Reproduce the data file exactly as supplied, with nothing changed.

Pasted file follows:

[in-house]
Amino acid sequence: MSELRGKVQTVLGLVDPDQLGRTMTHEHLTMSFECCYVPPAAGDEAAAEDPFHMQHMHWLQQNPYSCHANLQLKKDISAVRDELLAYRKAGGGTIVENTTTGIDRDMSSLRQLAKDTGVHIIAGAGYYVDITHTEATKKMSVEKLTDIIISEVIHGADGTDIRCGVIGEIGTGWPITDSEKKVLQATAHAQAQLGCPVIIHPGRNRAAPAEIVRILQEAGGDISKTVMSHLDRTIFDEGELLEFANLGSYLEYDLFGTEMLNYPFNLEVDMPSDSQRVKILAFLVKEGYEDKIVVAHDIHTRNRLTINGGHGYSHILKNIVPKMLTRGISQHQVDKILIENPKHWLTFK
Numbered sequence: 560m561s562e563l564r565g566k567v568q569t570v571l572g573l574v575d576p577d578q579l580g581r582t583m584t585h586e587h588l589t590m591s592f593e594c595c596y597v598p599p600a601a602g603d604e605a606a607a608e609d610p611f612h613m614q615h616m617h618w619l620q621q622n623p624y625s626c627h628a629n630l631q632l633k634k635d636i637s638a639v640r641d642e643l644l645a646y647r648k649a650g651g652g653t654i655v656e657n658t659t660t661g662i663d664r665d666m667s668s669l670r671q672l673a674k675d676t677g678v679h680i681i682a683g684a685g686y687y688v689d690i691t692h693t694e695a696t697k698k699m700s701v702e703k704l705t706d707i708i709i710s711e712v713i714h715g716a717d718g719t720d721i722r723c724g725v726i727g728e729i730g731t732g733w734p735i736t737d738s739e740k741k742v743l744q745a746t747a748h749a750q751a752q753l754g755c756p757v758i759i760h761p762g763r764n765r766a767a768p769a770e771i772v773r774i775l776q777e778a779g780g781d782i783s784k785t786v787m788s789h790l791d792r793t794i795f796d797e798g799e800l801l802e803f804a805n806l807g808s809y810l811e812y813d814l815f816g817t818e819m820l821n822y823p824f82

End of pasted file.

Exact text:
[in-house]
Amino acid sequence: MSELRGKVQTVLGLVDPDQLGRTMTHEHLTMSFECCYVPPAAGDEAAAEDPFHMQHMHWLQQNPYSCHANLQLKKDISAVRDELLAYRKAGGGTIVENTTTGIDRDMSSLRQLAKDTGVHIIAGAGYYVDITHTEATKKMSVEKLTDIIISEVIHGADGTDIRCGVIGEIGTGWPITDSEKKVLQATAHAQAQLGCPVIIHPGRNRAAPAEIVRILQEAGGDISKTVMSHLDRTIFDEGELLEFANLGSYLEYDLFGTEMLNYPFNLEVDMPSDSQRVKILAFLVKEGYEDKIVVAHDIHTRNRLTINGGHGYSHILKNIVPKMLTRGISQHQVDKILIENPKHWLTFK
Numbered sequence: 560m561s562e563l564r565g566k567v568q569t570v571l572g573l574v575d576p577d578q579l580g581r582t583m584t585h586e587h588l589t590m591s592f593e594c595c596y597v598p599p600a601a602g603d604e605a606a607a608e609d610p611f612h613m614q615h616m617h618w619l620q621q622n623p624y625s626c627h628a629n630l631q632l633k634k635d636i637s638a639v640r641d642e643l644l645a646y647r648k649a650g651g652g653t654i655v656e657n658t659t660t661g662i663d664r665d666m667s668s669l670r671q672l673a674k675d676t677g678v679h680i681i682a683g684a685g686y687y688v689d690i691t692h693t694e695a696t697k698k699m700s701v702e703k704l705t706d707i708i709i710s711e712v713i714h715g716a717d718g719t720d721i722r723c724g725v726i727g728e729i730g731t732g733w734p735i736t737d738s739e740k741k742v743l744q745a746t747a748h749a750q751a752q753l754g755c756p757v758i759i760h761p762g763r764n765r766a767a768p769a770e771i772v773r774i775l776q777e778a779g780g781d782i783s784k785t786v787m788s789h790l791d792r793t794i795f796d797e798g799e800l801l802e803f804a805n806l807g808s809y810l811e812y813d814l815f816g817t818e819m820l821n822y823p824f82